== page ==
Social belonging is the human emotional need to affiliate with and be accepted by members of a group and as humans, we are intrinsically motivated to be socially accepted (Walton & cohen, 2011). Through social belonging supports, students can reframe the struggles, the feelings of isolation, and the sense of inadequacy that many students experience when transitioning to college.

Greg Walton’s advice notes offer strategies to increase belonging through narratives that normalize challenge as a part of learning experienced by every learner, regardless of their background or preparation.

Learners Connect With Their Values

These targeted supports, known as “personal values interventions,” can be used in many contexts by activating the values that students hold in contradiction to negative stereotype threats. Stereotype threat is when individuals worry that their behavior may confirm stereotypes about a group they belong to or feel themselves to be at risk of conform- ing to stereotypes about their social group. Claude M. Steele’s (2011) compelling book, Whistling Vivaldi, provides excellent examples of myriad ways that stereotype threat can negatively impact members of any group.

Creating learning environments that reduce or eliminate stereotype vulnerability can benefit all students. You can avoid engaging stereotype threats by encouraging students to reflect on values that affirm their identity and resilience.

So, rather that stating “This project is very difficult” you might say “You’ve shown that you like a challenge and will enjoy this project”.

Resources & Research

  • This Is How You Talk to Yourself (VIDEO)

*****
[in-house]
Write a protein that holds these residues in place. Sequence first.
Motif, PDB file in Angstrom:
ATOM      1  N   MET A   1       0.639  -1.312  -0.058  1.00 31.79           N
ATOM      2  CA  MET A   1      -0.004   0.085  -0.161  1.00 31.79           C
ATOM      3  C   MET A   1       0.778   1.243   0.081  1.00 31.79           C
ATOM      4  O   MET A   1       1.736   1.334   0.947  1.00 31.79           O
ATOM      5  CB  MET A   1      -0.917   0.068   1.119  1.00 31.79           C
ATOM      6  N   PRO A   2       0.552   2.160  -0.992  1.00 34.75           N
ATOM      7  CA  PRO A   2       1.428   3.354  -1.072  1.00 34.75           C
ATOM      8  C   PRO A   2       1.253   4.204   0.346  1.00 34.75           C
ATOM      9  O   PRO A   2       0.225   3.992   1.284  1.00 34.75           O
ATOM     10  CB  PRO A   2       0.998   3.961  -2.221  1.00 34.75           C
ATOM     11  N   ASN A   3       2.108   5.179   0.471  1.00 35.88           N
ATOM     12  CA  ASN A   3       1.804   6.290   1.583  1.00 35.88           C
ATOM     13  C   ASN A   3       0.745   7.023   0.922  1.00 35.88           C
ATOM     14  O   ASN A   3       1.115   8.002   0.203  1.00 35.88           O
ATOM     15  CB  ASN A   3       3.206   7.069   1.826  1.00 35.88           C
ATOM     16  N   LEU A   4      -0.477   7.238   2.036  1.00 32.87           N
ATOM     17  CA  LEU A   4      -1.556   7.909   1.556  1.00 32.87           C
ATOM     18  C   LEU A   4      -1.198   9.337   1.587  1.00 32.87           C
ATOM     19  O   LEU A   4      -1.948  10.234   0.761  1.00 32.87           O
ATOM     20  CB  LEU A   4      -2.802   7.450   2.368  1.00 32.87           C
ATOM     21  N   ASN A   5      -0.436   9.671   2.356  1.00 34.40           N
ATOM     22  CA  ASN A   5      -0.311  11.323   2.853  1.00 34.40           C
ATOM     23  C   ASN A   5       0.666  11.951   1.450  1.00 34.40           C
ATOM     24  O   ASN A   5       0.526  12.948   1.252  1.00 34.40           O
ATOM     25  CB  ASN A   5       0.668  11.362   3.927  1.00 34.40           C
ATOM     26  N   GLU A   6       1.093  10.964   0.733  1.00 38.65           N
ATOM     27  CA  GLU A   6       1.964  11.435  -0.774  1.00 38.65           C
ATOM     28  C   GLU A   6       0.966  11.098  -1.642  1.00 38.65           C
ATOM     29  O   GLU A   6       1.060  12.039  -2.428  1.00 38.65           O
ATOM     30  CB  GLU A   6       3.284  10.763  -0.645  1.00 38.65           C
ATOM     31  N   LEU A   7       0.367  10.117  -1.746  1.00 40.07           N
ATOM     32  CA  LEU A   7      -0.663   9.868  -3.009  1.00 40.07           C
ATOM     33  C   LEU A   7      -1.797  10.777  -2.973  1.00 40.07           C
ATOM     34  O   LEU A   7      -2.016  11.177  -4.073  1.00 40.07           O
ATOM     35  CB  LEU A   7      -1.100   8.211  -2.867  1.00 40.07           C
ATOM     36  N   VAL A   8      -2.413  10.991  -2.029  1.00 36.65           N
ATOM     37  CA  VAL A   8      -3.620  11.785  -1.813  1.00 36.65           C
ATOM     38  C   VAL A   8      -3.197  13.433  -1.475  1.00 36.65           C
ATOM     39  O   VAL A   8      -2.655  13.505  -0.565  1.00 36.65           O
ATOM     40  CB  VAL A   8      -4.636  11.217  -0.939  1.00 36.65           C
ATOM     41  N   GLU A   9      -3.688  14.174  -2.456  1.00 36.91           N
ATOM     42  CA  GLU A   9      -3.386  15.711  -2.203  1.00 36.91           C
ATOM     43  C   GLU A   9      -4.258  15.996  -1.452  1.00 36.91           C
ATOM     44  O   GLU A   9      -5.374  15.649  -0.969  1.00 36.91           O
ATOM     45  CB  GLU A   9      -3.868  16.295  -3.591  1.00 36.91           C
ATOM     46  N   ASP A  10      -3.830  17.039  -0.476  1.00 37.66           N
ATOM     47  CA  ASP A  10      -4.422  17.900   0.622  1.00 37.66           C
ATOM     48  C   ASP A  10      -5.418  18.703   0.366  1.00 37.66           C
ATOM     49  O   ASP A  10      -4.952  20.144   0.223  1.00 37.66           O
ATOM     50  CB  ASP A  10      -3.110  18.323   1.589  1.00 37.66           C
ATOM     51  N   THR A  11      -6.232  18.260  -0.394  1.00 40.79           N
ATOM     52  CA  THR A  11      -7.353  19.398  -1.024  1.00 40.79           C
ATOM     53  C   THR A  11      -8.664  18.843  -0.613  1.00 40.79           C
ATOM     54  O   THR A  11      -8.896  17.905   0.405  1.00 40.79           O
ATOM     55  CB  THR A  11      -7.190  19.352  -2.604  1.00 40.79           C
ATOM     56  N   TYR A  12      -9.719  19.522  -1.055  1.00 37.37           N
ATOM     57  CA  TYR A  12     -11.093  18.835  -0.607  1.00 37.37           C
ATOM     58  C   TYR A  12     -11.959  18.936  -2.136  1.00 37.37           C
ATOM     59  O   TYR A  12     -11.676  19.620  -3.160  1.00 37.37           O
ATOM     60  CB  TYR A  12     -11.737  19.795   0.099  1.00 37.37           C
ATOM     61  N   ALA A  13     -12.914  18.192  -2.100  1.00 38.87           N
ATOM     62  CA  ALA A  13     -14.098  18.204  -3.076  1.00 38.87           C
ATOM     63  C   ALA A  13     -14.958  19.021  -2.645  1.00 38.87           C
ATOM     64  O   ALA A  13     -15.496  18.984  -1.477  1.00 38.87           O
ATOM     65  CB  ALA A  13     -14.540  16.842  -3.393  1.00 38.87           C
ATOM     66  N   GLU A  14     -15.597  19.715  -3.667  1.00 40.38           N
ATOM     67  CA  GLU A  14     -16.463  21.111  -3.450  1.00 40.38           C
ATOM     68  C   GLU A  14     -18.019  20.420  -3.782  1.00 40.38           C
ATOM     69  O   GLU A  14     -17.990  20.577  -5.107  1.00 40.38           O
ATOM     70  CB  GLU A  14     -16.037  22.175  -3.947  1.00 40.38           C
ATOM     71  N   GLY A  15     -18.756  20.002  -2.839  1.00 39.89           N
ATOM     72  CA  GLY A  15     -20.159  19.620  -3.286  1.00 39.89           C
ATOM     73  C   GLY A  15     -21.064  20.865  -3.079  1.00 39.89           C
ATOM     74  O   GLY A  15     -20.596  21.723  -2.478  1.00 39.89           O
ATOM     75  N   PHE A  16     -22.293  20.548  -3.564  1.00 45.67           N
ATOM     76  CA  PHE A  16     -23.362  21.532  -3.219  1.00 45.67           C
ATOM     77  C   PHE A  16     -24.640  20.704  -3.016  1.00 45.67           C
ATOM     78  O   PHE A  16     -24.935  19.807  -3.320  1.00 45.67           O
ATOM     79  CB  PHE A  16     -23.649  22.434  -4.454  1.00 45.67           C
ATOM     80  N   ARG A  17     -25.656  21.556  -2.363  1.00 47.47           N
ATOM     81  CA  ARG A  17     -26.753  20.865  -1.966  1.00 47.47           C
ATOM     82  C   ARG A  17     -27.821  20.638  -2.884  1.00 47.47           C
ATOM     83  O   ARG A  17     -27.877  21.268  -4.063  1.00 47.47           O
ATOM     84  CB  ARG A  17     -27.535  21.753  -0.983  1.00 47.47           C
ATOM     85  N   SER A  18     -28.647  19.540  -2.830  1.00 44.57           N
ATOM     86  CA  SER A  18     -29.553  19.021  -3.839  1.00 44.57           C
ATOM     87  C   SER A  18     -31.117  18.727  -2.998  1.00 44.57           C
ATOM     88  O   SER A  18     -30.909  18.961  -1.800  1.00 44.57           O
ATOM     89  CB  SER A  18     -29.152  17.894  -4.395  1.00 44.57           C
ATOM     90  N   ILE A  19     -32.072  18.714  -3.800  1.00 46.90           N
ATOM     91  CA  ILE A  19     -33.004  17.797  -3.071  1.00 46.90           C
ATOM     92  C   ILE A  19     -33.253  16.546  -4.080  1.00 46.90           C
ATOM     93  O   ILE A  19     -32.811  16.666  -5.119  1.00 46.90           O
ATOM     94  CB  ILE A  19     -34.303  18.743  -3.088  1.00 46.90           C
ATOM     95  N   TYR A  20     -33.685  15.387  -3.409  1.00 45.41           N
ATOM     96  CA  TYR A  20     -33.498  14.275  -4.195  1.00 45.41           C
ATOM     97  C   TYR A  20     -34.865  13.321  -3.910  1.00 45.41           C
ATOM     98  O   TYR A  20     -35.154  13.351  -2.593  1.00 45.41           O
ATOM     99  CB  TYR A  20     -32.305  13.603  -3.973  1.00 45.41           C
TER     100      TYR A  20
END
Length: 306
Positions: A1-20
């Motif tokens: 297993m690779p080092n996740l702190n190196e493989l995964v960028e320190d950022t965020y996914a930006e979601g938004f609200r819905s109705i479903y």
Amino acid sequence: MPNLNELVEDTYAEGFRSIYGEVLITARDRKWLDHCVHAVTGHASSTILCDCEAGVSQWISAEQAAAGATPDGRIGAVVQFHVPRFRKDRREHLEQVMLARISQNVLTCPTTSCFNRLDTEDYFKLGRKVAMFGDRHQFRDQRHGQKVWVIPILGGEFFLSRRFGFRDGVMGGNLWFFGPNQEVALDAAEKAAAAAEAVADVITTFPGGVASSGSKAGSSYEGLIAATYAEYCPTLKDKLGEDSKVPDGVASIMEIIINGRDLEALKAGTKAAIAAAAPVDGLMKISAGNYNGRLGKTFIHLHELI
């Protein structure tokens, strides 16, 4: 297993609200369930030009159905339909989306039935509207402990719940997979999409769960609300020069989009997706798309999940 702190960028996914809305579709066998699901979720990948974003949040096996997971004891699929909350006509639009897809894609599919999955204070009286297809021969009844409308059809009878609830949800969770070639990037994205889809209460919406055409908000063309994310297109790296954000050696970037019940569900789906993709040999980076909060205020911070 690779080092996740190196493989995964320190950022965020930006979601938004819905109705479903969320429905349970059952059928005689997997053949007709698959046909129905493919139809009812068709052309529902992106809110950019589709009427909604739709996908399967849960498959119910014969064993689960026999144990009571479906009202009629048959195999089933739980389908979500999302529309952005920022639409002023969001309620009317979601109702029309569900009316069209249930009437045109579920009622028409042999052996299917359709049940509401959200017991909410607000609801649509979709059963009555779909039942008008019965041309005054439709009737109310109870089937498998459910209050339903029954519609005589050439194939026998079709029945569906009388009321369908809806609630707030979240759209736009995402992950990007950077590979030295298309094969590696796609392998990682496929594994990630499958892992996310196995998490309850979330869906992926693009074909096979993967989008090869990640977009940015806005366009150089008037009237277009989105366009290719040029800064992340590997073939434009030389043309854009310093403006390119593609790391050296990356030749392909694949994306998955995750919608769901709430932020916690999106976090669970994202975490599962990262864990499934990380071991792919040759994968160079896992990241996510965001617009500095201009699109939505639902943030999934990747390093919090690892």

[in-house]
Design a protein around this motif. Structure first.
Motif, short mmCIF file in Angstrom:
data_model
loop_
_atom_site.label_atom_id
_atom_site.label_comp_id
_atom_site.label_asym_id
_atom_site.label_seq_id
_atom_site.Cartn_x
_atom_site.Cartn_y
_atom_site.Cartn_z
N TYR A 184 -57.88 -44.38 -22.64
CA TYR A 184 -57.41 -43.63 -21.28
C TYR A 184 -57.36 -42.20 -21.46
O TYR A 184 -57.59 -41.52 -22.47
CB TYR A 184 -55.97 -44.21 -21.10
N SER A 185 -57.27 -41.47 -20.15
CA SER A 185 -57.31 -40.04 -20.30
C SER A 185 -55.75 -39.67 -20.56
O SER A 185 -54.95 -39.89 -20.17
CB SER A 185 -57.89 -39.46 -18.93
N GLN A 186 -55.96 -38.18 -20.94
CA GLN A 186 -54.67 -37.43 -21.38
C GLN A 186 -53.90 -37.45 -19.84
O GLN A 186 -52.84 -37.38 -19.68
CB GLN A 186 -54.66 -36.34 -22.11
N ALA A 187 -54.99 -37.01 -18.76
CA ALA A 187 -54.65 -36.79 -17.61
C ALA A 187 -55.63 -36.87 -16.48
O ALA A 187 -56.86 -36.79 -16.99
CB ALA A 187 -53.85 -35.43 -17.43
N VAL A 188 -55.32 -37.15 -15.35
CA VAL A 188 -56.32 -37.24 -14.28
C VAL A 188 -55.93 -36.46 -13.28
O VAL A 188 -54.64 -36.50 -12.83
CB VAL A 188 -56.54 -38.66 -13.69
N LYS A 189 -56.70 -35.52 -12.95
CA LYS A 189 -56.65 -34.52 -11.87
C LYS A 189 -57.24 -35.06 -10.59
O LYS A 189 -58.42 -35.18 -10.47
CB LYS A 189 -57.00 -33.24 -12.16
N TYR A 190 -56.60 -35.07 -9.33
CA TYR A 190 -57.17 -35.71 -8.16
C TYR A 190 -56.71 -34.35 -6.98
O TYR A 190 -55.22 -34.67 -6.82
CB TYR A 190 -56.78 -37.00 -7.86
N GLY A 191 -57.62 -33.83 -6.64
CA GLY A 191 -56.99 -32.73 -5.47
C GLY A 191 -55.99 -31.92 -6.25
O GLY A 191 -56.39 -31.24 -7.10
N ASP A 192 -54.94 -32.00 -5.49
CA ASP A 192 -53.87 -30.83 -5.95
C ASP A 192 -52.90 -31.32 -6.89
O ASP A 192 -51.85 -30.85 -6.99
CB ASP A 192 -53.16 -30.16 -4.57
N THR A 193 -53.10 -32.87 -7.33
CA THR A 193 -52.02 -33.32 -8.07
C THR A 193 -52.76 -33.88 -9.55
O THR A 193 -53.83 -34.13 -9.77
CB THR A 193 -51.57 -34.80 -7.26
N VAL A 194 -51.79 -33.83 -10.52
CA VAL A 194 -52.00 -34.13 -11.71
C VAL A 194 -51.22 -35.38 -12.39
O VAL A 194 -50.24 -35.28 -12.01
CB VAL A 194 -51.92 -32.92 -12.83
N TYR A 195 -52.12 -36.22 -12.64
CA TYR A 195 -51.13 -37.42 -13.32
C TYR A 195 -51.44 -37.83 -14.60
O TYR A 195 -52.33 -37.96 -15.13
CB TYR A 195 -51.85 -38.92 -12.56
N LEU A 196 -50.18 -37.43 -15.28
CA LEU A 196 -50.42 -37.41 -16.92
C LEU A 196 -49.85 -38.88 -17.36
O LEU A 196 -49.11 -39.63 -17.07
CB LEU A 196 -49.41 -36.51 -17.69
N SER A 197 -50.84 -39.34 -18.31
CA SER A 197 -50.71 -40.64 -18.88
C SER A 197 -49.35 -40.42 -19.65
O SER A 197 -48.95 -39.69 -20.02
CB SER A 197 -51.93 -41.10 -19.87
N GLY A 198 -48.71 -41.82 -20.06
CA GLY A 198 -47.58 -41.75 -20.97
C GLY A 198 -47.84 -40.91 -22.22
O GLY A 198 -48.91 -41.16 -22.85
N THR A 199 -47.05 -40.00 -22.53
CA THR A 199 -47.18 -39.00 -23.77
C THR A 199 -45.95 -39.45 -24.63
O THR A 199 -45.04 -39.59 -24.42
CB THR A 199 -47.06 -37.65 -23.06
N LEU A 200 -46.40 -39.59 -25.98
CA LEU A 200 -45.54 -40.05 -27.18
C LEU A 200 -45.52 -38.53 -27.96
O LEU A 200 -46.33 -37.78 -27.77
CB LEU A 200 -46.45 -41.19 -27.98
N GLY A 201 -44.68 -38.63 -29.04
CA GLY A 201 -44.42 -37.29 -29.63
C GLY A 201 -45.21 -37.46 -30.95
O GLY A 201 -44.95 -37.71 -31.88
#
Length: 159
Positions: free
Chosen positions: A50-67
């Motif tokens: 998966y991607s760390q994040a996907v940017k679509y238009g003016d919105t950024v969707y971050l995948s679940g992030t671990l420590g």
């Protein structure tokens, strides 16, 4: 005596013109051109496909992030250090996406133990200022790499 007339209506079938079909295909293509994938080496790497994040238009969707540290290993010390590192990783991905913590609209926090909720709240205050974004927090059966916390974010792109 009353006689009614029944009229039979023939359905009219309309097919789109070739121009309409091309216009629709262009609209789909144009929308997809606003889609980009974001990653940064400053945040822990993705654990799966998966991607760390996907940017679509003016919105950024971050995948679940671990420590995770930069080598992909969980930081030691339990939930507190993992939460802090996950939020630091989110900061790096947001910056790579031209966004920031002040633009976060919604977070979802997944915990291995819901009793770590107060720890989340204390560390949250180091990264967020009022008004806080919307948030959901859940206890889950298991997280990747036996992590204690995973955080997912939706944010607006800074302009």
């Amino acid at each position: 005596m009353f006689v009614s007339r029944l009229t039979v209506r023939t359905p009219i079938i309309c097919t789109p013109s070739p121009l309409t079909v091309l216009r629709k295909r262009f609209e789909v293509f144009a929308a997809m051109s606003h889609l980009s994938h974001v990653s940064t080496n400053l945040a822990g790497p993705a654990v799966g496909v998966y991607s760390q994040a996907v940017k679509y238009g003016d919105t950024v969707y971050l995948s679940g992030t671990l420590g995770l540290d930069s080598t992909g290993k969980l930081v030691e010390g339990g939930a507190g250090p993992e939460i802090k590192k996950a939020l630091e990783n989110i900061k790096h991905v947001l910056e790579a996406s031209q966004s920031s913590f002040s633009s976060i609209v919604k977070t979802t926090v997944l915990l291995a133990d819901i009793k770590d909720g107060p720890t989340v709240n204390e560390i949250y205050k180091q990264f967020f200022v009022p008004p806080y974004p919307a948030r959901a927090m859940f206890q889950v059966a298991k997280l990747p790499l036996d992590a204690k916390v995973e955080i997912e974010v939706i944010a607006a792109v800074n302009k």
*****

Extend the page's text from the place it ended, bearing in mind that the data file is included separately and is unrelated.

• Acee, T. W., Weinstein, c. e., Hoang, T. v., & flaggs, d. A. (2018). value reappraisal as a conceptual model for task-value interventions. Journal of Experimental Education, 86(1), 69–85.
  • Harackiewicz, J. m., & Priniski, s. J. (2018). improving student outcomes in higher education: The science of targeted intervention. Annual Review of Psychology, 69(1), 409–435.
  • Hulleman, c. s., Kosovich, J. J., Barron, K. e., & daniel, d. B. (2017). making connections: replicating and extending the utility value intervention in the classroom. Journal of Educational Psychology, 109(3), 387–404.
  • Kross, e., Bruehlman-senecal, e., Park, J., Burson, A., dougherty, A., shablack, H., Bremner, r., moser, J., & Ayduk, o. (2014). self-talk as a regulatory mechanism: How you do it matters. Journal of Personality and Social Psychology, 106(2), 304–324.

The Inclusive Teaching Tips are a series of simple, equitable teaching practices published in the Learning and Teaching Commons Newsletter. The tips are archived here.

For many, many more inclusive teaching resources and to add your own, visit ALL LEARNERS WELCOME: Resources for Designing Inclusive Learning Experiences.

This inclusive teaching tip was adapted from Zehnder, C., Alby, C., Kleine, K., & Metzker, J. (2021). Learning That Matters: A Field Guide to Course Design for Transformative Education. Gorham, ME: Myers Education Press.